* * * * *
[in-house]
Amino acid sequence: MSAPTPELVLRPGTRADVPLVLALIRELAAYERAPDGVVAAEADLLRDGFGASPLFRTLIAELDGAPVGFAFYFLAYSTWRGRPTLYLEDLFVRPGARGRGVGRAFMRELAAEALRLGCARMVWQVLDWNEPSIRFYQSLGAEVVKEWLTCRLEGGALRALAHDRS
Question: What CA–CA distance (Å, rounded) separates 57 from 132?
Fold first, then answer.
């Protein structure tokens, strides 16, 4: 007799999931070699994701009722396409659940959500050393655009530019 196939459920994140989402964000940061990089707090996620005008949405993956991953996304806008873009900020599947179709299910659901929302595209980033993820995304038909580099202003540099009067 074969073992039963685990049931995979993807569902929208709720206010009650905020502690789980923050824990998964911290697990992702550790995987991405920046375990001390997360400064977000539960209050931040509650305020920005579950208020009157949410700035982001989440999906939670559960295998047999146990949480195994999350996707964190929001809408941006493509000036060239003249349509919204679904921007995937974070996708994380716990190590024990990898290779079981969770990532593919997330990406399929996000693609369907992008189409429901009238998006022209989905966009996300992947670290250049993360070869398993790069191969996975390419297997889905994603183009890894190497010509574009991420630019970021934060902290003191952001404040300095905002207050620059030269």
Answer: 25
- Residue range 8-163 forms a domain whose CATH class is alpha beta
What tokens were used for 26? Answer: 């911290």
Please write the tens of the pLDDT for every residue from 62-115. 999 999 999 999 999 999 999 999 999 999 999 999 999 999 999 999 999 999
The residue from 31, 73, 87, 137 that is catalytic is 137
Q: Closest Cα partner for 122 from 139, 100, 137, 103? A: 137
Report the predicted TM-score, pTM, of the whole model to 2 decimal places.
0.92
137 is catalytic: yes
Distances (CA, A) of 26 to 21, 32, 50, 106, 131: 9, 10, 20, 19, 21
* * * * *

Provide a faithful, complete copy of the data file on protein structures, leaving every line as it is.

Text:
[in-house]
Amino acid sequence: MSAPTPELVLRPGTRADVPLVLALIRELAAYERAPDGVVAAEADLLRDGFGASPLFRTLIAELDGAPVGFAFYFLAYSTWRGRPTLYLEDLFVRPGARGRGVGRAFMRELAAEALRLGCARMVWQVLDWNEPSIRFYQSLGAEVVKEWLTCRLEGGALRALAHDRS
Question: What CA–CA distance (Å, rounded) separates 57 from 132?
Fold first, then answer.
């Protein structure tokens, strides 16, 4: 007799999931070699994701009722396409659940959500050393655009530019 196939459920994140989402964000940061990089707090996620005008949405993956991953996304806008873009900020599947179709299910659901929302595209980033993820995304038909580099202003540099009067 074969073992039963685990049931995979993807569902929208709720206010009650905020502690789980923050824990998964911290697990992702550790995987991405920046375990001390997360400064977000539960209050931040509650305020920005579950208020009157949410700035982001989440999906939670559960295998047999146990949480195994999350996707964190929001809408941006493509000036060239003249349509919204679904921007995937974070996708994380716990190590024990990898290779079981969770990532593919997330990406399929996000693609369907992008189409429901009238998006022209989905966009996300992947670290250049993360070869398993790069191969996975390419297997889905994603183009890894190497010509574009991420630019970021934060902290003191952001404040300095905002207050620059030269």
Answer: 25
- Residue range 8-163 forms a domain whose CATH class is alpha beta
What tokens were used for 26? Answer: 């911290």
Please write the tens of the pLDDT for every residue from 62-115. 999 999 999 999 999 999 999 999 999 999 999 999 999 999 999 999 999 999
The residue from 31, 73, 87, 137 that is catalytic is 137
Q: Closest Cα partner for 122 from 139, 100, 137, 103? A: 137
Report the predicted TM-score, pTM, of the whole model to 2 decimal places.
0.92
137 is catalytic: yes
Distances (CA, A) of 26 to 21, 32, 50, 106, 131: 9, 10, 20, 19, 21